As a result, we recommend that you buy a 'clean calling card' from a reputable vendor. A 'clean' calling card is a calling card with few, if any, extra fees beyond the advertised per minute rates. We also recommend buying your calling cards online because store-bought cards tend to be more prone to fraud.

Calling Card Call Quality

Another common problem with calling cards is low 'call quality' - meaning variously connection delays, voice latency, gaps, heavy background noise, and static, among other problems. This is due to the fact that calls are being delivered not on high quality voice telephone networks, but rather on somewhat less reliable VoIP networks.

Still for many people, any quality issues are well offset by the lower costs - especially if you shop around and get yourself one of the more reliable vendors.

Calling Card Technology

While calling cards work over normal telephones, it turns out that many calling cards use VoIP or similar technologies to deliver calls, even if they don't say so explicitly. This is especially true for cards not from name brand telephone carriers like AT&T, BT, or Reliance, etc.

That's partly how they are able to offer lower prices - VoIP networks are inherently much cheaper than traditional PSTN telephone networks. Unfortunately, VoIP networks also sometimes suffer from call quality problems which are also seen with VoIP calling.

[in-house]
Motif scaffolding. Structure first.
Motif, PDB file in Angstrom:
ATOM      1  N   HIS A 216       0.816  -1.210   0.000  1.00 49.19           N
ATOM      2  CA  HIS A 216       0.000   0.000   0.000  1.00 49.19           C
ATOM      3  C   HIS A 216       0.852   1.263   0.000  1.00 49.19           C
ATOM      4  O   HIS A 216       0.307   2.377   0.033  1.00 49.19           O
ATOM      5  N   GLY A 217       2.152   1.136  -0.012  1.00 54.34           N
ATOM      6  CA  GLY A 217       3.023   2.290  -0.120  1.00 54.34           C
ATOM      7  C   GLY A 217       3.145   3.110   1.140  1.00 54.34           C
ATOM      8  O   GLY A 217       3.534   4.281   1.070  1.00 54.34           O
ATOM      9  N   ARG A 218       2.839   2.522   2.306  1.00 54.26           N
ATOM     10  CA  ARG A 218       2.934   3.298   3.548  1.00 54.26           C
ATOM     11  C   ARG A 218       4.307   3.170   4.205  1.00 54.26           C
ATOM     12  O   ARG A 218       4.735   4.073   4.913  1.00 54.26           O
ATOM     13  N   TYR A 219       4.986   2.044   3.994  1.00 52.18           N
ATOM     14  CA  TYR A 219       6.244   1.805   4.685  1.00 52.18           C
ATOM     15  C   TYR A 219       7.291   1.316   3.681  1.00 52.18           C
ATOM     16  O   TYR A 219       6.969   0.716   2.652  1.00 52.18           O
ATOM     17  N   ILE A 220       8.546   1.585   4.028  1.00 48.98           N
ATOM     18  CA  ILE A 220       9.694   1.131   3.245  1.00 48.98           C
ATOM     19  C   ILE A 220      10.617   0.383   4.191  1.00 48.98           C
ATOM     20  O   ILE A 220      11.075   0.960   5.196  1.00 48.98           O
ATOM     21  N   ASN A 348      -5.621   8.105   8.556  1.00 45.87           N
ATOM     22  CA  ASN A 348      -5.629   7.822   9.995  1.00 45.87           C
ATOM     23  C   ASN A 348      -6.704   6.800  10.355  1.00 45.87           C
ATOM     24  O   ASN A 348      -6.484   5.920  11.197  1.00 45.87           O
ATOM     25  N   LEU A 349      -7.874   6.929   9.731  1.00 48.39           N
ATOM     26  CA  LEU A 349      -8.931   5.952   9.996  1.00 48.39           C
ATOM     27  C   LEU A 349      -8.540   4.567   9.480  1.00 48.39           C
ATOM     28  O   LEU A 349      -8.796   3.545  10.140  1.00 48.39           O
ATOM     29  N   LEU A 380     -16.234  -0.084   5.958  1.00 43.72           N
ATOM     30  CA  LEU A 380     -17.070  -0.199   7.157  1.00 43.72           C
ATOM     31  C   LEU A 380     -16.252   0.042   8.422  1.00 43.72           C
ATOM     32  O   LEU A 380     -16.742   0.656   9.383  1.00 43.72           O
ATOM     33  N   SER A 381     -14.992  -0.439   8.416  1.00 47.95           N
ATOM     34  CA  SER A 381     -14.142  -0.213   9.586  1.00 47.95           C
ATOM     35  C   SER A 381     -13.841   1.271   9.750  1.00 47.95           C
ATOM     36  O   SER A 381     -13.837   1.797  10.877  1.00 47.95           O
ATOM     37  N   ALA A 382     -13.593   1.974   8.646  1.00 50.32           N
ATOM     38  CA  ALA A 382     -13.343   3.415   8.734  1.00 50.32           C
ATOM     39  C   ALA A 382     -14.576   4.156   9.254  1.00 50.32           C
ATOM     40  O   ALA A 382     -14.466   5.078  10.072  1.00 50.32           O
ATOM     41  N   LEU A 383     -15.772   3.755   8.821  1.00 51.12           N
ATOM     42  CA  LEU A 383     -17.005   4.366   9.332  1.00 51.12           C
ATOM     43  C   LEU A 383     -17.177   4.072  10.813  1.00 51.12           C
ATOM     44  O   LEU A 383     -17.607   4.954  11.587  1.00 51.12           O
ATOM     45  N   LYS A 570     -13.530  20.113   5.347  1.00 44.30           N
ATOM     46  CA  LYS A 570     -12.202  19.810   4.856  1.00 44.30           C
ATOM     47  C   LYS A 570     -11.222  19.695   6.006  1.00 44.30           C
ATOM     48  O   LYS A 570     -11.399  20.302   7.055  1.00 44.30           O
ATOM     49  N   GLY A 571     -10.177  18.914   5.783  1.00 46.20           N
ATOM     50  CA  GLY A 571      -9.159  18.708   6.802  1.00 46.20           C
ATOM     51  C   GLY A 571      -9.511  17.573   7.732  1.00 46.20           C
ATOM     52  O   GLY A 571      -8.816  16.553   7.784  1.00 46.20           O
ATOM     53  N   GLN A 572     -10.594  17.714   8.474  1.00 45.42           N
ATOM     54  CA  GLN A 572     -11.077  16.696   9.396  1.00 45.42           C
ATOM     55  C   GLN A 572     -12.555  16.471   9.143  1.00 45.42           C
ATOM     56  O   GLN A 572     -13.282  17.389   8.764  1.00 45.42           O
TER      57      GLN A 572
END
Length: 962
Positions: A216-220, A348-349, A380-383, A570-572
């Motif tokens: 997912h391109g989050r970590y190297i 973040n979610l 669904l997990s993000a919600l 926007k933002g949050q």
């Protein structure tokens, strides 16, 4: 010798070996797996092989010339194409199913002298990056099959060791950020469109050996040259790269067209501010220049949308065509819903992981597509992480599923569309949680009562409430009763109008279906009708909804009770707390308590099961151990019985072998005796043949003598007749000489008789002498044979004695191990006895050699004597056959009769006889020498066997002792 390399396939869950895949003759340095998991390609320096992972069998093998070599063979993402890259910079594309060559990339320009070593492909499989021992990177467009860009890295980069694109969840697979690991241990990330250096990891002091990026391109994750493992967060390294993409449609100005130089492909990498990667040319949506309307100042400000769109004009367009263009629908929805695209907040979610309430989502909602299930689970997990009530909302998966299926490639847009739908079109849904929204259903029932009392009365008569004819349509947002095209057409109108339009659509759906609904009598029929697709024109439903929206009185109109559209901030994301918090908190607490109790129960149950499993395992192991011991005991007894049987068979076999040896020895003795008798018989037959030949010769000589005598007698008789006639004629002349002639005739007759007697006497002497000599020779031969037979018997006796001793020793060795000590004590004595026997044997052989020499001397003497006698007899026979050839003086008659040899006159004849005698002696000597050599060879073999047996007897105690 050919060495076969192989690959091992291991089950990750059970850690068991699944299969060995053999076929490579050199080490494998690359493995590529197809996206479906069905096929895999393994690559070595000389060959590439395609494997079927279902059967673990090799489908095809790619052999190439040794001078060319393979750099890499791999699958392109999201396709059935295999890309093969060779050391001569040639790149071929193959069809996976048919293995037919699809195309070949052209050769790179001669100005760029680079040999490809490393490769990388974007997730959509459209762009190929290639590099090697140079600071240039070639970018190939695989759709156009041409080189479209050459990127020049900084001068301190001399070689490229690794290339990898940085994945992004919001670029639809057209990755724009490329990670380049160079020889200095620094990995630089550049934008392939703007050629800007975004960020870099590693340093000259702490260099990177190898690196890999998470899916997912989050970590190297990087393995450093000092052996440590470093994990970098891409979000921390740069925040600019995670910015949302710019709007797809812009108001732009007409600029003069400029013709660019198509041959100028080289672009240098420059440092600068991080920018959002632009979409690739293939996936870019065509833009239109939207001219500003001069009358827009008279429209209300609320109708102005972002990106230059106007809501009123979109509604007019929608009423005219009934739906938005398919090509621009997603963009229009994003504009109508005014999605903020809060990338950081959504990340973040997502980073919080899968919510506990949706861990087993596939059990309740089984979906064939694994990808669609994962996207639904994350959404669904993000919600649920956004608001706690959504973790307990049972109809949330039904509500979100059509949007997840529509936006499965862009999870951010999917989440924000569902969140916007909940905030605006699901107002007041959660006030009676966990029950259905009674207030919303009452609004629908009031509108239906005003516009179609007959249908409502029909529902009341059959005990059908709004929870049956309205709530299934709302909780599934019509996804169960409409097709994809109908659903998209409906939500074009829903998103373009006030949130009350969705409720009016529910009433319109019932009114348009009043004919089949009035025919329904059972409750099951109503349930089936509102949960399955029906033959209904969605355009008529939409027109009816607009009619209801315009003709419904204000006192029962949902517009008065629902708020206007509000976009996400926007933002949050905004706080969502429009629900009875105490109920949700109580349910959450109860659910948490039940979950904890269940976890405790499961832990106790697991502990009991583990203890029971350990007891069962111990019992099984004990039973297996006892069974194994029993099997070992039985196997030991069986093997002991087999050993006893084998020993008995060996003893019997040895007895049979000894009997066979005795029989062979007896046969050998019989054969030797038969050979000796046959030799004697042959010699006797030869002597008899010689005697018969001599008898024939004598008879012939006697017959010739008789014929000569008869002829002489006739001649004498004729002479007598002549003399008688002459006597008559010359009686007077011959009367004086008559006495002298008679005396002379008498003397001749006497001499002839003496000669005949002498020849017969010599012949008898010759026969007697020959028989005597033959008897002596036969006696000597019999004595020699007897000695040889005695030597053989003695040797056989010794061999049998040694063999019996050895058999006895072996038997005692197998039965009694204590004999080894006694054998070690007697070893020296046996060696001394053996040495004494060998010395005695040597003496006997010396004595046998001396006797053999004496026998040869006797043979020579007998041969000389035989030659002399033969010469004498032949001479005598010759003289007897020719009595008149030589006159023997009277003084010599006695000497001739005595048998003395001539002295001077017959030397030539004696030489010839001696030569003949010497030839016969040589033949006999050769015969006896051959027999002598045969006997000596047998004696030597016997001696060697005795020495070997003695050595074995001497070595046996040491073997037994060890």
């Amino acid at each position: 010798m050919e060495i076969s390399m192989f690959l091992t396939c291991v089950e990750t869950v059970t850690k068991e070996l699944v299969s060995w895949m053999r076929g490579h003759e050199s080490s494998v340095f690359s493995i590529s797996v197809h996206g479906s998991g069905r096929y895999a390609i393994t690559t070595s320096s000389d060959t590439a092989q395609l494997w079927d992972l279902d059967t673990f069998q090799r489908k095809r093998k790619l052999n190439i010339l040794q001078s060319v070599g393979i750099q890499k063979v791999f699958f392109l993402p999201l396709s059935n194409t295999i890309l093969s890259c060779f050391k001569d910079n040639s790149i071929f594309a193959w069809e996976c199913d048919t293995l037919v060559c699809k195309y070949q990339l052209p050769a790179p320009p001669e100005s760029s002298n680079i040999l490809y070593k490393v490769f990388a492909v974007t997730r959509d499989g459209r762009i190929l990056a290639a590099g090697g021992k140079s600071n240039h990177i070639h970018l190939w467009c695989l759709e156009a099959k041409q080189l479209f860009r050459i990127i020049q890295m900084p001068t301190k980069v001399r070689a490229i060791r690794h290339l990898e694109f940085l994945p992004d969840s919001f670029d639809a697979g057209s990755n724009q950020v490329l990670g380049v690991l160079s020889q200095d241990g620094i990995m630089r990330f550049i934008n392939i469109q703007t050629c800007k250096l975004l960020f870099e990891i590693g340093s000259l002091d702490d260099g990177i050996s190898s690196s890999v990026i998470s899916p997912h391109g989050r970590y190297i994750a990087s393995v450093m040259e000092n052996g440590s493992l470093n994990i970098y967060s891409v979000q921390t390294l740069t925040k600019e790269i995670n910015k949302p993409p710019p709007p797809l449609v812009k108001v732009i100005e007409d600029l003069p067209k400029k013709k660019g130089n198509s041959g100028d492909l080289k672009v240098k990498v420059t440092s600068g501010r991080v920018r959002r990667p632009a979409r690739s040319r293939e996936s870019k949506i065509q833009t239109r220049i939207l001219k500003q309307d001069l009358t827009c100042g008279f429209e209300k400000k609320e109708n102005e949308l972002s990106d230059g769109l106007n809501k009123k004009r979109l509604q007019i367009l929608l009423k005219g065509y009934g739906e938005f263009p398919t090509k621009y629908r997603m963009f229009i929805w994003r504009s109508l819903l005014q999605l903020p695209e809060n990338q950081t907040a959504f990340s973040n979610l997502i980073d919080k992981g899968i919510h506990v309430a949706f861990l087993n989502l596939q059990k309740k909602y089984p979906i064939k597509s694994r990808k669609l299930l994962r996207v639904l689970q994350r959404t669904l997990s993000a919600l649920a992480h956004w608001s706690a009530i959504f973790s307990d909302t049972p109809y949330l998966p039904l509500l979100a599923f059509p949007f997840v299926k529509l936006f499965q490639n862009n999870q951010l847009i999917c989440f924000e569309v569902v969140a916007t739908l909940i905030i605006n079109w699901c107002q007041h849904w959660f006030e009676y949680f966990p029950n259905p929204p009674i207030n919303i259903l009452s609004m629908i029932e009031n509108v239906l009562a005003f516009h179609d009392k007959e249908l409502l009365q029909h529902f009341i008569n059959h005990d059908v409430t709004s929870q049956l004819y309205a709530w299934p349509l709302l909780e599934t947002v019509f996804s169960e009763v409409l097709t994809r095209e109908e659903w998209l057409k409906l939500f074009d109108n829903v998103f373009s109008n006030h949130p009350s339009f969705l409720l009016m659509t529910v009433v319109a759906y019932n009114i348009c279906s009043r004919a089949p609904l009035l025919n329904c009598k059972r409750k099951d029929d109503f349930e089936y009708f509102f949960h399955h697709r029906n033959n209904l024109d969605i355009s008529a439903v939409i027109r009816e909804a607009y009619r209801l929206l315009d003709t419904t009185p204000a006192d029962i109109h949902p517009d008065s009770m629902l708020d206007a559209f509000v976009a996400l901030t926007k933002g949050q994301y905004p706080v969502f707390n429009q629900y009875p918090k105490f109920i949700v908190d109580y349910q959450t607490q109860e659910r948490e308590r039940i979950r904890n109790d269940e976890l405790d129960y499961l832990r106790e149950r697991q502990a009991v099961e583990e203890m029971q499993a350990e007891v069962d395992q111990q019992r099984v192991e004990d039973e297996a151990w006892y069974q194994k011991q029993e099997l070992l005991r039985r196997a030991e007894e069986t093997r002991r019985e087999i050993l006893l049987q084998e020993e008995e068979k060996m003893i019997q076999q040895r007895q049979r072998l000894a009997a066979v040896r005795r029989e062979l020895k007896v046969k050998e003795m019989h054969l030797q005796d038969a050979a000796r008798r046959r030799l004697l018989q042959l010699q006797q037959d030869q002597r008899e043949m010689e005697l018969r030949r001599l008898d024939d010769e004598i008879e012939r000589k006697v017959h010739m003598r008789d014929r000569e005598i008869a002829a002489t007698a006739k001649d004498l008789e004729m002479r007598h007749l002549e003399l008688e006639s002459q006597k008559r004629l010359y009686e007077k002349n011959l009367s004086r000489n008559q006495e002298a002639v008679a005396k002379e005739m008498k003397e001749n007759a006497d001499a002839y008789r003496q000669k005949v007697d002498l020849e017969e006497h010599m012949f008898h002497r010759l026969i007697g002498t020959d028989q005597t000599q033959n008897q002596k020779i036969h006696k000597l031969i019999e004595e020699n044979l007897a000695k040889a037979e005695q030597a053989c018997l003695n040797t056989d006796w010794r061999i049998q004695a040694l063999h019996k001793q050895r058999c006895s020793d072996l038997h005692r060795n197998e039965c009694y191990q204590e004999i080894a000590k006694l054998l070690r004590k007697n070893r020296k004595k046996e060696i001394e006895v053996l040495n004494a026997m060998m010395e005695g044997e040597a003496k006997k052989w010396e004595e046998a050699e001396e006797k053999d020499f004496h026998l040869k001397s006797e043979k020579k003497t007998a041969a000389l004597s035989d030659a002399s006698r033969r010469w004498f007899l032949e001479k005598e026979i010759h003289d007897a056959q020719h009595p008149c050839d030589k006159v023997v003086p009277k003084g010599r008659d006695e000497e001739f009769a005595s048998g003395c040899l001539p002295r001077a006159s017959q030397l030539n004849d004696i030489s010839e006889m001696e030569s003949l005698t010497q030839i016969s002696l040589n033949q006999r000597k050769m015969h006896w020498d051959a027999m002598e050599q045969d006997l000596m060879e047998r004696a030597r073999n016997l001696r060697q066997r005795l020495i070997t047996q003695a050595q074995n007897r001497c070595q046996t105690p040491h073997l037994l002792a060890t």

Visit to learn more about international calling cards.

Recommended calling cards

Our recommendations are based on a careful review of company products, call quality, and pricing, among other factors. To read more on how we choose our recommended vendors.

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Cheap Calls with VoIP

VoIP is a way of using the internet to make telephone calls. By using the internet instead of more expensive traditional phone networks, VoIP companies are able to offer very cheap international calls.

VoIP is an acronym that stands for 'Voice over Internet Protocol'. 'Internet Protocol' is a technology used to transmit information over the internet. VoIP is also known as 'internet telephony'.

VoIP Services Are More Varied Than Calling Cards

VoIP phone services are much more varied than calling cards for two reasons:

  • VoIP technology is very powerful and it enables many things beyond straight voice calling
  • VoIP operators are very entrepreneurial and they combine services, pricing, and other elements in creative ways

So whereas all calling card companies offer pretty much the same type of service, VoIP providers can be quite dramatically different from one another.

VoIP Phone Service Characteristics

Because there is such a rich variety of options with VoIP, we can't provide a nice, clean summary as we did above for calling cards. But within the wide spectrum of VoIP choices, here are some of the things you'll generally see:

  • VoIP services support a variety of 'dialing' options, including phone-to-phone, PC-to-PC, smartphone-to-phone, and PC-to-phone
  • Many VoIP services offer a 'softphone' or 'VoIP client' version which is used on a computer or smartphone
  • Most VoIP services provide a way to make 'out-of-network calls' to regular landline and mobile phones - some allow inbound calls as well
  • In-network calls to other people using the same VoIP service are quite often completely free
  • Most VoIP services are not able to dial into other VoIP services
  • Most VoIP services support both inbound and outbound calling